If you’re just getting started investing and work for a company that offers a 401(k) plan, you’re at the right place.
Why invest in a 401(k)? Between the tax breaks, free money from your employer, and investment growth, it’s one of the easiest ways to build wealth for your family. Here are 5 ways you’ll benefit from contributing to one.
(1) Get Your Employer Match
The “free money” part people always talk about sits at the top of why you should invest in a 401(k). You contribute some of your earnings, and then your employer throws a few (thousand) bucks your way to “match” your contribution.
Generally, matching happens in one of two ways: dollar-for-dollar or partial.
Dollar-for-dollar is just like it sounds. For every $1 you contribute, your employer puts in $1, up to a certain limit.
Let’s say you contribute 6% of your $50,000 salary. If your employer matches the full 6% you put in, that adds up to $3,000 from you and $3,000 from your employer, or $6,000 in total. In one year, you’re getting $3,000 of free money, just for deferring some of your salary.
Partial matching is when you contribute some money, then your employer matches a certain percentage of that. The most common partial matching scheme in the U.S. is when your company matches 50% of your contributions, up to 6% of your salary.
So, in order to take full advantage of the employer match in this example, you’d contribute 6% of your salary. Your employer would then sweeten the deal by contributing another 3% of your salary. If you make $50,000 per year, that tallies to $4,500 contributed to your account right there. $1,500 of this is free money from your employer.
Know that any money you contribute is always yours. Money your employer contributes on your behalf becomes yours once you’re vested. This usually happens after working for a company after a few years.
Related Post: Should I Quit Before Fully Vesting?
(2) Save on Taxes Now
Tax breaks are one of the major reasons why I’ve invested in a 401(k) consistently. Your contributions are tax deductible in the year you make them. In other words, investing in a 401(k) will reduce your tax bill, like majorly.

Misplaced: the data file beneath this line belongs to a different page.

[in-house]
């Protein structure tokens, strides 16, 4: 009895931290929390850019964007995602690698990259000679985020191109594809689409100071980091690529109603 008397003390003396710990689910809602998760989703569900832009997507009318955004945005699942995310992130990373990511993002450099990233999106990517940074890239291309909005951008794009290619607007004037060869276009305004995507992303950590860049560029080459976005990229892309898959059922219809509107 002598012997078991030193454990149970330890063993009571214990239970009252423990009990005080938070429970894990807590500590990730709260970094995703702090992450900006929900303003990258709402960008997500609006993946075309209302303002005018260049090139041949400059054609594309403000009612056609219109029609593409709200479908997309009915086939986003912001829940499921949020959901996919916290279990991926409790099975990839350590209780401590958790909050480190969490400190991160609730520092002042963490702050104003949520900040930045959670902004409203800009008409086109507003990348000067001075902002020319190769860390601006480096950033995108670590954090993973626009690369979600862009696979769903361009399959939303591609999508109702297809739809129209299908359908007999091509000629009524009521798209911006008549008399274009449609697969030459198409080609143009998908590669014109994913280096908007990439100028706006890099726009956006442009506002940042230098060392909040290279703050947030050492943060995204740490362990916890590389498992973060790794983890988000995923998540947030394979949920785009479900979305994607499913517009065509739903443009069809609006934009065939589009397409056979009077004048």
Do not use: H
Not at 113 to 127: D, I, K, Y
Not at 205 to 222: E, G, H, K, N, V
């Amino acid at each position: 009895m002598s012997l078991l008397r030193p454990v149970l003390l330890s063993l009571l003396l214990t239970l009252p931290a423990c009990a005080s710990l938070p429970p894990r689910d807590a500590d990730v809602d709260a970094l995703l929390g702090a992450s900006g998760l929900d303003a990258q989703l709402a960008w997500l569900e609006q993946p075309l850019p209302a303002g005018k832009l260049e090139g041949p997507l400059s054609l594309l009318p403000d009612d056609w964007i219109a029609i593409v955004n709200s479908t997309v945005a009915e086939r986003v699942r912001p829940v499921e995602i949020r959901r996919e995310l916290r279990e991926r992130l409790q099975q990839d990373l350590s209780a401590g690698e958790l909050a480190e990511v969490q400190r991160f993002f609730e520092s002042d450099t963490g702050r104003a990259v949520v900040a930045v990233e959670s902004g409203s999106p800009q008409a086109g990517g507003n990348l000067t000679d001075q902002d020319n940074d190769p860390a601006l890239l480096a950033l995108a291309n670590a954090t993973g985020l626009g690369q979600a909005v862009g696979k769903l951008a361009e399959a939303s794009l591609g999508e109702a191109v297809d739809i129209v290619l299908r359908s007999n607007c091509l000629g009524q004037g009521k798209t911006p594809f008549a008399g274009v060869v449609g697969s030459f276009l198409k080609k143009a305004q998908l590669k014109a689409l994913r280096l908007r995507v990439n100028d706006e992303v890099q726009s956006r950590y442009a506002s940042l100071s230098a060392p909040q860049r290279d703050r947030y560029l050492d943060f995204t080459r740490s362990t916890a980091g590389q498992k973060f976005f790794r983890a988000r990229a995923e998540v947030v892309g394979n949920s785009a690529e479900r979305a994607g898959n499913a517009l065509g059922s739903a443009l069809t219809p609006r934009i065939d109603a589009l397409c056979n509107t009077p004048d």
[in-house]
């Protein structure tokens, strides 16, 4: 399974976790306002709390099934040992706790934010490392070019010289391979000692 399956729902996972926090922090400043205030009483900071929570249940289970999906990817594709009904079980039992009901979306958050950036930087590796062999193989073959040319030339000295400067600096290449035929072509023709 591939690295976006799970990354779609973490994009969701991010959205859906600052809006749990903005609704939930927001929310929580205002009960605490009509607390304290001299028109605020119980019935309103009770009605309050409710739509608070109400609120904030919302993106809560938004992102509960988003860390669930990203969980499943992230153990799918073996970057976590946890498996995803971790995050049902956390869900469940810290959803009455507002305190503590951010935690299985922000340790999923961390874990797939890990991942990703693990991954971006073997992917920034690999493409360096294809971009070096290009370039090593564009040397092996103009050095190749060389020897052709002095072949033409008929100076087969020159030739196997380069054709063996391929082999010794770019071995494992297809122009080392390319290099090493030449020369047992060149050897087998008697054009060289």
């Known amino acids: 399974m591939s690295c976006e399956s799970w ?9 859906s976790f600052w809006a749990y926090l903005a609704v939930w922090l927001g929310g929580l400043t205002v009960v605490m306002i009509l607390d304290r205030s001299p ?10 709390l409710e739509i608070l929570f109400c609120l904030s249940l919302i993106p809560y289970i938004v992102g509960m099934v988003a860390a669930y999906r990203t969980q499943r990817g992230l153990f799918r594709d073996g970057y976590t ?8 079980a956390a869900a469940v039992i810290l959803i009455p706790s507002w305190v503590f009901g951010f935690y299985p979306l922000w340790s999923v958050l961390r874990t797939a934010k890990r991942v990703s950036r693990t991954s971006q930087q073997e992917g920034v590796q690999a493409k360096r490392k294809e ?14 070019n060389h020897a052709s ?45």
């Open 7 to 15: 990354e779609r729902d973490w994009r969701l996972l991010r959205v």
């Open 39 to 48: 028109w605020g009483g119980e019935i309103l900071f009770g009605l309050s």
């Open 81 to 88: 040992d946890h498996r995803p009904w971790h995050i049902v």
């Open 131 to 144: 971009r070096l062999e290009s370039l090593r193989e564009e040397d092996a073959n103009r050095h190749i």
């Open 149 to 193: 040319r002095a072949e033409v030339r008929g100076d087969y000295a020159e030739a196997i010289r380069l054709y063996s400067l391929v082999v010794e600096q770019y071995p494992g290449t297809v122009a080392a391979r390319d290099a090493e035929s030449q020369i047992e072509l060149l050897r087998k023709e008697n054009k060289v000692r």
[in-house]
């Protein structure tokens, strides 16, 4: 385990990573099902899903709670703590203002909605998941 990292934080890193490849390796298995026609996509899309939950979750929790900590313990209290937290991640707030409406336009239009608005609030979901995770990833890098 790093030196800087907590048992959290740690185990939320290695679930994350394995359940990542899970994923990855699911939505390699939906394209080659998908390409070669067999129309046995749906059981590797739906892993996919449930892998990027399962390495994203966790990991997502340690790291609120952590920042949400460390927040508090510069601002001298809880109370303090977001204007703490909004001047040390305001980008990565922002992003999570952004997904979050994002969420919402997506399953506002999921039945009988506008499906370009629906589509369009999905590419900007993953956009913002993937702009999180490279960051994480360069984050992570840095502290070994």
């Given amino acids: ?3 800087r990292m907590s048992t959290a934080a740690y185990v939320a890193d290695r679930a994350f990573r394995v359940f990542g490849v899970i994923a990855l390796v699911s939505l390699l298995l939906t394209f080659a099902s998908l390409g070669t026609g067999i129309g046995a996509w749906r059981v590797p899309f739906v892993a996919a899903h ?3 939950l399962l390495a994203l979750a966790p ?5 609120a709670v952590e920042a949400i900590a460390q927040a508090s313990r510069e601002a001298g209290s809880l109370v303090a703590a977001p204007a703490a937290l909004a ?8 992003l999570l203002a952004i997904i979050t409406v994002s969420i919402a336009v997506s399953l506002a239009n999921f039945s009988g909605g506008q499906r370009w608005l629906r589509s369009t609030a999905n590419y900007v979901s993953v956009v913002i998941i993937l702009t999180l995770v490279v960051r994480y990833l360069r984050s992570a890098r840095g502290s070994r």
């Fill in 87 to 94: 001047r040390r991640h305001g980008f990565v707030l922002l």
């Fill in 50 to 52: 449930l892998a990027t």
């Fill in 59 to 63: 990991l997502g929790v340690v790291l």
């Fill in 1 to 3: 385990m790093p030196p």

In 2023, you can contribute up to $22,500 to your 401(k) as a single taxpayer. That means you can reduce your taxable income by this amount. If you file taxes jointly with a spouse, and both of you contribute the 2023 max of $22,500, you can reduce your family’s taxable income by $45,000.
As a married couple, if you earn enough to breach the threshold of the 24% marginal tax bracket, maxing your 401(k)s will save you close to $10,000 in taxes. 🤯
Any money your company contributes to your account is in addition to the limit. The $22,500 max applies to your contributions only. Any amount that your company contributes, however, is not tax-deductible by you.
(3) Defer Taxes Until Later
Deferring taxes until later is the unsung hero of why you should invest in a 401(k). Investments in your 401(k) account grow tax-free, no matter what you buy or sell over the years, as long as the money remains in your account.
This gives you flexibility to make portfolio changes without worrying about tax consequences. It also saves you income taxes on dividends or interest your portfolio generates in any given year. (In a taxable account, taxes are due in the year these are earned.)
401(k) assets are taxed at your income tax rate only when you withdraw them during retirement. If you’re in your 20s or 30s, this can mean decades of savings from tax-deferral, which supercharges how much your money compounds.
(4) Automated Investments
The hardest part about investing is remembering to actually do it consistently. Create the path of least resistance for yourself!
Why invest in a 401(k)? It’s inherently automated. Contributions come out of each paycheck based on the amount you designate, up to the IRS limit of $22,500 for 2023.
By regularly investing in a 401(k), you’re doing a fancy little finance trick called dollar cost averaging. (If you want to show your friends how deep you’ve spiraled down a personal finance rabbit hole, talk to them feverishly about this topic in casual settings.)
Dollar cost averaging happens when you invest a fixed dollar amount at regular intervals – exactly what you’re doing by putting a chunk of your paycheck in your 401(k). If and when markets fall, your money stretches further. It can buy more, cheaper shares. Conversely, when markets go up, your fixed amount buys less.
Some of the most successful investors of all time swear by automation and dollar cost averaging. It feels counterintuitive because (in theory) it’s so easy, but the math checks out.
(5) Diversified Investment Choices
Most company 401(k) plans have pre-screened diversified investment choices available to you. This makes it super easy to create a well-diversified portfolio by investing in a 401(k).
A great example of a diversified choice is a target date fund. Target date funds are like one-stop-shops for retirement investing. You literally pick just ONE, corresponding to the year you want to retire, and invest in it. Inside of that one fund is a diversified portfolio that holds a smorgasbord of stocks and bonds.
If you’re 25 and have a long time until you retire, a target date fund will invest mostly in stocks. If you’re 65 and approaching retirement, the fund will invest in more bonds to help stabilize the portfolio. It’s like it ages with you, so you can set it and forget it for years.
Related Post: Are Target Date Funds Good Enough?
The opinions voiced in this material are for general information only and are not intended to provide specific advice or recommendations for any individual. To determine which investments may be appropriate for you, consult with your financial advisor.
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